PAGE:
I browsed through the medium weight jersey fabrics on Minerva’s site looking for something a bit special that would make this cardigan something I could wear out in the evenings as well as during the day (versatility is key for maternity wear!), and found this wonderful sequinned textured Jersey Fabric. At the time of writing this post there is limited stock left in the black, but plenty in the other three colours (ivory, grey and mauve), all of which are really appealing too.
What I love about this fabric is the sequins are subtle, being small, quite widely spaced and the same colour as the fabric. This means the sparkle isn’t too DISCO for the school run, but it gives a luxurious shimmer under artificial light in the evenings. It also means that you can treat the fabric like any other medium weight sweater knit, rather than having to go to all the trauma of cutting out sequins from the seam allowance like you do with heavily sequinned fabrics. I didn’t bother removing any sequins before sewing and didn’t break a single needle. There are a few sequins that are in contact with my skin at the collar and cuffs, but they’re not remotely itchy so I’ve left them in place.
The patterns in Sewing with Knitted Fabrics are printed on sheets and need tracing out as the printing is on both sides and different pieces overlap. With the cardigan several pattern pieces were too large for the sheets, so had to be traced off two different sheets and joined together. I tend to always trace my patterns anyway, so this wasn’t a problem for me. The only thing I found a little confusing was that the cardigan pieces were printed on different sheets, but with each pattern having its own colour that made them easier to trace. It just took longer to find the pieces I needed than it would have if they’d all been together on one sheet.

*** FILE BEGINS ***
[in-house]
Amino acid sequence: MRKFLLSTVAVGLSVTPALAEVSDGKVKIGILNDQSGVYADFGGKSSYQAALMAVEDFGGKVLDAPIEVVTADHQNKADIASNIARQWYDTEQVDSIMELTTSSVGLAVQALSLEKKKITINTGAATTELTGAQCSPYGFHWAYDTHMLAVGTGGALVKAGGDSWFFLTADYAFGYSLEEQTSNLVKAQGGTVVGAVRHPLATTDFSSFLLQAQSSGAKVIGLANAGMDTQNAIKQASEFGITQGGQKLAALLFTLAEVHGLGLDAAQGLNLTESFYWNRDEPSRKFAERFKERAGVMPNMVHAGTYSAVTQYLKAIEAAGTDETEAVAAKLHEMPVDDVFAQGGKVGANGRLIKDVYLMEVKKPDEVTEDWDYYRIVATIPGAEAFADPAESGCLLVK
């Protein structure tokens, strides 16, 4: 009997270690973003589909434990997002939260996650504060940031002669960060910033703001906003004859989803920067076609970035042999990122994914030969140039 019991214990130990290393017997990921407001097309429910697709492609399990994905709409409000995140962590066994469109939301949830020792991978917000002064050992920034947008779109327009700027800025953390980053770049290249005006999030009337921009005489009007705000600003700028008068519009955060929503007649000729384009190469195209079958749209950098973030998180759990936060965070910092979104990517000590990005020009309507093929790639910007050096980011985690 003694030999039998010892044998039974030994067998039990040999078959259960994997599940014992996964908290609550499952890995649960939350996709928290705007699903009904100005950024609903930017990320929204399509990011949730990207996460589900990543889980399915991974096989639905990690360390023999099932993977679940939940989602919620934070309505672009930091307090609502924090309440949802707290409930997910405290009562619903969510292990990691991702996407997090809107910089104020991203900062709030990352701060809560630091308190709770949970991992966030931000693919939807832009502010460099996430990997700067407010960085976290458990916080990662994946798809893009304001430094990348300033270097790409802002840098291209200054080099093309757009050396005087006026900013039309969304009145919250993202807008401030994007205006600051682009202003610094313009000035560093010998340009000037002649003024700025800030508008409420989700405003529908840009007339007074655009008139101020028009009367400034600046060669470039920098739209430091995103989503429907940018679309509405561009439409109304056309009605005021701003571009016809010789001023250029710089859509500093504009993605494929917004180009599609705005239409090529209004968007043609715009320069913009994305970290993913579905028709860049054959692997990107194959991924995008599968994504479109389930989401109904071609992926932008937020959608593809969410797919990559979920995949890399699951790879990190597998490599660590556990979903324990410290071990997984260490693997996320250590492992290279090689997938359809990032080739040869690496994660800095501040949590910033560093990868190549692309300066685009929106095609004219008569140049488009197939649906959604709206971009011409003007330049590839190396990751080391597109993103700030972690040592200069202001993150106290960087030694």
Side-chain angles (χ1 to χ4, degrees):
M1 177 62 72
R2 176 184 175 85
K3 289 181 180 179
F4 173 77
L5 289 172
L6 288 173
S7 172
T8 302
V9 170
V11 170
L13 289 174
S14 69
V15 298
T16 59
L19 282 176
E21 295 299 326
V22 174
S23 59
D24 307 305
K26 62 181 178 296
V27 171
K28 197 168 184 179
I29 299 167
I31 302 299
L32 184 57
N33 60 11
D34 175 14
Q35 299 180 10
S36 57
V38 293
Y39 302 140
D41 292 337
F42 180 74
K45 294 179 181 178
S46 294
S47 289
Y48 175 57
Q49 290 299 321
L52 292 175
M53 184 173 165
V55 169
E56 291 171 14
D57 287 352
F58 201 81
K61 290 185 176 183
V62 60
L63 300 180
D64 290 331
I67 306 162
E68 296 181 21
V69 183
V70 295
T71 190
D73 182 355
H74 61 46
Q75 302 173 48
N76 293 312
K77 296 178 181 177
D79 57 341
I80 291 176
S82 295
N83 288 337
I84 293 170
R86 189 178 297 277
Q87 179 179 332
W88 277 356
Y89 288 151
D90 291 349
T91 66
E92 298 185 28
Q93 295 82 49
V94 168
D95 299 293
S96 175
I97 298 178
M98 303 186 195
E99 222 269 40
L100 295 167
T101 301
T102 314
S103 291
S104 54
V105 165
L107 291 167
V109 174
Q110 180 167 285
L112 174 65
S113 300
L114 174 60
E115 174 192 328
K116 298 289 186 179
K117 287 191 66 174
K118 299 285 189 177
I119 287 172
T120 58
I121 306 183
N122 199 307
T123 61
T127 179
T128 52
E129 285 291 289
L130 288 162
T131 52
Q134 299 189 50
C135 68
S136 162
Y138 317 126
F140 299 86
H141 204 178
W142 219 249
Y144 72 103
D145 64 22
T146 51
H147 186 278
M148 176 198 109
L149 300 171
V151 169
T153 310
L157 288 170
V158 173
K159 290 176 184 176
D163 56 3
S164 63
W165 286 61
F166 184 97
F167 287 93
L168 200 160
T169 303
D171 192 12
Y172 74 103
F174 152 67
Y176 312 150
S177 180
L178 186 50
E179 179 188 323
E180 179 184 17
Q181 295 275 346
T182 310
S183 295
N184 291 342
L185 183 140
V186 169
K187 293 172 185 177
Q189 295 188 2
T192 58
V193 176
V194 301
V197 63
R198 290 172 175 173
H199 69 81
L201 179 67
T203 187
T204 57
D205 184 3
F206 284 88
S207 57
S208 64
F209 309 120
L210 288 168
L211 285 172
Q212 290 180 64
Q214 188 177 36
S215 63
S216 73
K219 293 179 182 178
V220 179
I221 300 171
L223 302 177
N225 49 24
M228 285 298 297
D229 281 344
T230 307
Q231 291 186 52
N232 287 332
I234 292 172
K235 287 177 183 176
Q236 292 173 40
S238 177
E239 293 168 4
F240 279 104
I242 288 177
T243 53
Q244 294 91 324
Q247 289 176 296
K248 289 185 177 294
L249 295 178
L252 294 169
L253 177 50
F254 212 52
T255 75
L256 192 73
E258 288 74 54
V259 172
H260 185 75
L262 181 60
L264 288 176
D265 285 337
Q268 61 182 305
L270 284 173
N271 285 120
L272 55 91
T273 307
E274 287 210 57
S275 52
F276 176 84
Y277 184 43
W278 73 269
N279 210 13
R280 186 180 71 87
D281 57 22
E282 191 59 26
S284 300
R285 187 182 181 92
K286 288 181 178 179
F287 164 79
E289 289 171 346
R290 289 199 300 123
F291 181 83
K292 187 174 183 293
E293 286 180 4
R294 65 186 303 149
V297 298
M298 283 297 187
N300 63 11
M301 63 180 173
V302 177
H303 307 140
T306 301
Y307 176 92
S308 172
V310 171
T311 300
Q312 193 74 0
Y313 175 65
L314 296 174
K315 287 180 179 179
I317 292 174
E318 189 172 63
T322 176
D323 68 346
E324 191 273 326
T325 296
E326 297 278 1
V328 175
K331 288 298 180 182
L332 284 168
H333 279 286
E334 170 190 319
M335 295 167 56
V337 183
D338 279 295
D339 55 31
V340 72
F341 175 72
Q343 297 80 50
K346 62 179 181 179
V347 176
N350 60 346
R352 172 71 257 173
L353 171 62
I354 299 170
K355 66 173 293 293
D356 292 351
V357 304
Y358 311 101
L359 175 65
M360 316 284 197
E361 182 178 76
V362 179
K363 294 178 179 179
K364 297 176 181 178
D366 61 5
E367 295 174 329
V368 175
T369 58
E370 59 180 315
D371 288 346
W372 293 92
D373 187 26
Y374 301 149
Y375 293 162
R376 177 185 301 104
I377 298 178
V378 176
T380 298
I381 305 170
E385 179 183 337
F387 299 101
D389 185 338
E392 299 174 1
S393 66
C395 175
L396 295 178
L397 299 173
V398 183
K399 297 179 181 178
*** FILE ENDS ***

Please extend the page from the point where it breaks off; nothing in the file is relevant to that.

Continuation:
When choosing a size I went with the middle size (96-101 cm) as the instructions said to go with your actual bust size, and mine was between that and the next size up. However, this turned out to be a mistake and I should have gone with my high bust measurement, putting me in the next size down (88-92cm). Perhaps it’s just me, but the oversized, boxy fit of the middle size just wasn’t doing me any favours. I thought I looked like a child dressing up in her parent’s clothes—not the look I was going for!
Luckily it was simple enough to take the cardigan in at the arm and side seams to approximate the next size down. I didn’t go to the trouble of redoing the armscye and shoulder seams, but I think I got away with it.
The instructions in the book are comprehensive and easy to follow, with plenty of diagrams. I did change the order of construction slightly by sewing the side seams before adding the neckband, so I could overlock along the bottom hem. This was essential with this particular loose-knit fabric as it frays and unravels.
I also used some Fusible Stretch Interfacing to line the pockets, which I fused on the cross grain to give the fabric more stability. As well as this I stitched some twill tape across the top fold of the pockets as I was worried about this knit stretching and bagging out. It doesn’t have the greatest recovery, and I know I tend to overstuff my pockets at times! My final pocket reinforcement was sewing small triangles at each side of the top—a technique I’ve used before for patch pockets.
I’m really happy with my finished cardigan, although I’ll admit it’s not the warmest fabric so it hasn’t yet had a huge amount of wear. I can see this changing once spring finally gets going, though. It’s the perfect basic layering piece that goes with most of my wardrobe, and that subtle sparkle makes it more fun than a plain black cardigan has any right to be.
As for the book as a whole, I’m really impressed. I’ve got several knit sewing books on my shelves now and have been sewing mainly knit fabrics for the last few years, but Wendy’s book definitely brings something new to the party and I found some really helpful tips in there.
What I particularly like about this book is the really comprehensive charts of knit fabric types, along with the best stitches and needles to use with them. I wish I’d had this information at my fingertips when I started out sewing knits as I’ve had to pick it up by trial and error.